This series is turning out to be longer than I initially anticipated. In the first three posts I looked at the following possible reasons for online learning:
- Ontario’s strategy to use online learning to ease pressure on high schools
- using online learning to reduce the cost of higher education
- using online education to support disadvantaged students: no online learner left behind.
In this post I want to look at a fourth justification: developing the skills that students will need in a digital society.
The needs of a digital society
Prediction is always difficult (especially about the future!) but usually the big trends in the future can already be seen in the present. The future will merely magnify these current conditions, or current conditions will result in a transformation that we can see coming but is not here yet. Examples are many:
- the Internet of Things where almost everything is digitally connected
- autonomous vehicles and transportation
- massive amounts of data about our personal lives being collected and analysed to anticipate/predict/influence our future behaviour
- automation replacing and/or transforming human work and leisure
- state agencies and/or commercial oligopolies controlling access to and use of data
- lack of transparency and corruption of messaging in digital communications.
One thing is clear. We can either as individuals throw up our hands and leave all these developments to either state or commercial entities to manage in their own interests, or we can try to prepare ourselves so that we can influence or even control how these developments are managed, for the greater good.
This is what I mean when I talk about developing 21st century skills, or preparing for a digital society. We have a responsibility for ensuring our students are educated sufficiently so that they understand these issues and have the means by which to address them. This is a responsibility of every educator, because it affects all areas of knowledge.
For instance the science professor needs to instill in her students an ability to identify reliable and unreliable sources of scientific data, and an ability to apply that knowledge in ethical ways that benefit mankind. This is a particularly important responsibility for those teaching computer sciences. We need to teach about the dangers of unintended or unknown consequences of artificial intelligence applications and of automated analyses of mass data, potential biases in algorithms, and the need to audit and adjust automated procedures to avoid unforeseen but harmful consequences before they do damage.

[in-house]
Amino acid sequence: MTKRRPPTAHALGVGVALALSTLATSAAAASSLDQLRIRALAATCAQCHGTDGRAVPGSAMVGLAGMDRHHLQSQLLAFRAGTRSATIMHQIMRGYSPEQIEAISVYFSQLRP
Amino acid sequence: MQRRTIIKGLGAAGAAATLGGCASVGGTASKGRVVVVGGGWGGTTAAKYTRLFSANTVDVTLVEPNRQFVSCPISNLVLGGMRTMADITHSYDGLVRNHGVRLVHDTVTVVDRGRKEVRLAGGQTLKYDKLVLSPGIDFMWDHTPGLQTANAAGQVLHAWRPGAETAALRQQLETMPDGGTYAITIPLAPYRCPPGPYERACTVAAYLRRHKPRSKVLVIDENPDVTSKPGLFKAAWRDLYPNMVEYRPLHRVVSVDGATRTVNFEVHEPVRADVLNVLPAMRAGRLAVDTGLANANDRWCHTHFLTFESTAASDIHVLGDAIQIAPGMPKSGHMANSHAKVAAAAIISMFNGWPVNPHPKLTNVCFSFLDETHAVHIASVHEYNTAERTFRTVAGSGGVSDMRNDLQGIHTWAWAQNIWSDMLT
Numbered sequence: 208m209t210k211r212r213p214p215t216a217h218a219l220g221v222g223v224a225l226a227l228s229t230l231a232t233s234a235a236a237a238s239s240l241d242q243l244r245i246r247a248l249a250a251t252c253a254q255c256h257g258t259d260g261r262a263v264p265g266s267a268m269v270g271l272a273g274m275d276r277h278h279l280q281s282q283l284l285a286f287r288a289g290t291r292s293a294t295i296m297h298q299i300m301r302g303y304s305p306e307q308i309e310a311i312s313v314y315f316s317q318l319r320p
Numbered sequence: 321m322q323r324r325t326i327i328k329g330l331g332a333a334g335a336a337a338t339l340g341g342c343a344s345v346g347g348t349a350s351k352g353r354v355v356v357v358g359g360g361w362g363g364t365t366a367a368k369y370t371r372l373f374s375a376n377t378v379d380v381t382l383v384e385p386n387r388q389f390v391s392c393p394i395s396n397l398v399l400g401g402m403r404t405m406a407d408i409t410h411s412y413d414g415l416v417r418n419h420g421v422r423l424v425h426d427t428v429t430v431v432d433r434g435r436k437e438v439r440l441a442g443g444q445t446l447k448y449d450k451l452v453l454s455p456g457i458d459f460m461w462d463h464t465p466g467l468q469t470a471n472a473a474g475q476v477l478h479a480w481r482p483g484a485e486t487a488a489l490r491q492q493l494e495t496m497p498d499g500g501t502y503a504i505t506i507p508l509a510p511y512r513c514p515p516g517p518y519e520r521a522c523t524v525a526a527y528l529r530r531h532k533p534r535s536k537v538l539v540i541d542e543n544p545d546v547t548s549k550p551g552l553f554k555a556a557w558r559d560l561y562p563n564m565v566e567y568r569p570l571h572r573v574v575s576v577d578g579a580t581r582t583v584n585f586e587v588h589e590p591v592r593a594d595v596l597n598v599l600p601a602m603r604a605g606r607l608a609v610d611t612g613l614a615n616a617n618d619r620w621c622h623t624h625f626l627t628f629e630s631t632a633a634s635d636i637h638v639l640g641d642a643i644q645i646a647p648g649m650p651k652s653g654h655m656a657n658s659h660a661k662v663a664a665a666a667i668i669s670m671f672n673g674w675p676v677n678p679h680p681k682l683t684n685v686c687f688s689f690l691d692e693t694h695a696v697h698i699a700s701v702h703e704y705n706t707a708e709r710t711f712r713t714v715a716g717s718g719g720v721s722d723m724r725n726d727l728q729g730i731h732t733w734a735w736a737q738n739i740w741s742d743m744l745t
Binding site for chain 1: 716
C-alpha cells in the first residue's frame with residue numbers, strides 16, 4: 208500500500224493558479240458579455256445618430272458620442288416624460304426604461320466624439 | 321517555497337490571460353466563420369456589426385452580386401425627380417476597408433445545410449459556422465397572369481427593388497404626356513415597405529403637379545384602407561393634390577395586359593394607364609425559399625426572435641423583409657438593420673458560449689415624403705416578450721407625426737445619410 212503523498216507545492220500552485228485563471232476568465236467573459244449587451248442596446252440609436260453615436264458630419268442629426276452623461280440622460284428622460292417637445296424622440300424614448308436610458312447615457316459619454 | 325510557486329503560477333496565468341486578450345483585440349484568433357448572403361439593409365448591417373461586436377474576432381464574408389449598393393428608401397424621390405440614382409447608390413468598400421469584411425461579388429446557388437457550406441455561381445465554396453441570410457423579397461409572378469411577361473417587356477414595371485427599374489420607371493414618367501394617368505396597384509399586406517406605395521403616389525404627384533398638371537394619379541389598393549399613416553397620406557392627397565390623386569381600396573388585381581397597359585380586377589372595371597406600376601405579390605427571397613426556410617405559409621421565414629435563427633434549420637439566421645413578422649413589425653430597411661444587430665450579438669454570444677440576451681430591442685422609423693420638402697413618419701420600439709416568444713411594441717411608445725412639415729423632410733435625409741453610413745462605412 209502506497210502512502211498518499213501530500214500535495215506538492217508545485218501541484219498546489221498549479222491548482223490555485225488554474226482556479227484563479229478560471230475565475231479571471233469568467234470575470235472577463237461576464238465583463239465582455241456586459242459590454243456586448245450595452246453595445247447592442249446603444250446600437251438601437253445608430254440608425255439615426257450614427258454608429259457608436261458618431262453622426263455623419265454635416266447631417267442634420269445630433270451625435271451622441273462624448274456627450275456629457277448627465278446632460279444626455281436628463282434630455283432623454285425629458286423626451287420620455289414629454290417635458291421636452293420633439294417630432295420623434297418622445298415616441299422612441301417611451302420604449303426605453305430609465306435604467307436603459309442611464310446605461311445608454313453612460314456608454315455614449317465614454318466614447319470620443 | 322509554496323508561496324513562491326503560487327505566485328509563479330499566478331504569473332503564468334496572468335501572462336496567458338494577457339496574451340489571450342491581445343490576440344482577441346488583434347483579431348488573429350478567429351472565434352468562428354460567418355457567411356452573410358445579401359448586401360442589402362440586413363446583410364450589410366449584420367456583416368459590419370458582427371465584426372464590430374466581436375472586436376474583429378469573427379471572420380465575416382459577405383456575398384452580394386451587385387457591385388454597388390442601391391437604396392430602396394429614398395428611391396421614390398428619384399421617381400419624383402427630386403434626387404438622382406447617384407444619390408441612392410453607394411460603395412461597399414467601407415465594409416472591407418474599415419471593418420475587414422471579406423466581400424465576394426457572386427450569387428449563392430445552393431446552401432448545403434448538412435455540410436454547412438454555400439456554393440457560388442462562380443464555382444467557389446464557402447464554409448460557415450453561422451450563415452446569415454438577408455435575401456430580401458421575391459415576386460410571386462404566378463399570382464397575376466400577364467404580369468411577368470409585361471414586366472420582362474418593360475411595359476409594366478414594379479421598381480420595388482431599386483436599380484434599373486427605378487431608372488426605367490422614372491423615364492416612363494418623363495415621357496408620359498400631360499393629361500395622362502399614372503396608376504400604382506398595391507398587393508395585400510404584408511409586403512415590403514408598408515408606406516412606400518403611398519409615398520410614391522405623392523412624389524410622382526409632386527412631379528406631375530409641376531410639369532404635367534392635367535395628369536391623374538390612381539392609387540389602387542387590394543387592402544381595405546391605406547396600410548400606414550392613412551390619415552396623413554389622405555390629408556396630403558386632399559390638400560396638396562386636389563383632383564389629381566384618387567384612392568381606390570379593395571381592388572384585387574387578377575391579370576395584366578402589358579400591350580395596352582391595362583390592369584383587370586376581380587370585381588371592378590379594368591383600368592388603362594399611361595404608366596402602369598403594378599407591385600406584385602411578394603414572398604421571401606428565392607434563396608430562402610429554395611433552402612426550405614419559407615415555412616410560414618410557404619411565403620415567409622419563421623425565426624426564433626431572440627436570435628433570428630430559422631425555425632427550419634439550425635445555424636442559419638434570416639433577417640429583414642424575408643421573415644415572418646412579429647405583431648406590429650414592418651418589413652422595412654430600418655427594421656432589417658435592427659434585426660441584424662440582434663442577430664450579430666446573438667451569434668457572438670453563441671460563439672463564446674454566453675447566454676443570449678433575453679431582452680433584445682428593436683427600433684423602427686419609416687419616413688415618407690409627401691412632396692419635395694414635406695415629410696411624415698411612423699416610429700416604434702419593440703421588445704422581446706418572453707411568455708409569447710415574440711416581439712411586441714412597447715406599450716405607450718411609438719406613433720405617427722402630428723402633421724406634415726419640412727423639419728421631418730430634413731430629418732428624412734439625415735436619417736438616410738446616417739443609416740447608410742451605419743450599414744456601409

Digital (rather than purely online) learning has a critical role to play, because in order to develop these skills our students’ learning itself needs to be digitally embedded. Only by mastering technology can we control it.
The special role of digital learning
I have written elsewhere about the need to develop ‘soft’ skills in our students (see here for instance). These skills though need to be embedded within the application of digital technologies: heading off or solving problems arising from automation, critically analysing the role and impact of technology applications, communicating ideas and applications to others.
As a result we need to identify those digital skills that are relevant within each subject domain, be clear on how to teach or to create learning environments that enable students to develop and practice such skills, and to develop authentic means of assessing the progress of students in the development of such skills.
These are essentially curriculum and pedagogical issues. It means rethinking not only the curriculum and how we teach it, but also the role that technology can play in developing such skills. How can technology increase empathy and understanding (for example, through creating virtual environments or simulations where students play the role of others)? How can technology be used to provide scenarios that enable skills development and testing in a safe environment? How can technology be used to enable students to solve real world problems?
There are a million possible answers to such questions and they need to be answered by instructors and teachers – and by learners – with deep understanding of their subject matter. But subject knowledge alone is not enough if we are to make the last three quarters of the 21st century a time when all people can thrive and feel free.
Digital learning, controlled by passionate and caring teachers and students, has an essential role to play in moving towards that nirvana. We need to start now on developing the curricula and pedagogies that will make that possible and digital learning will need to be an essential component.
Positively the last post in this series where I will summarise the different purposes of online and digital learning and will suggest my own priorities.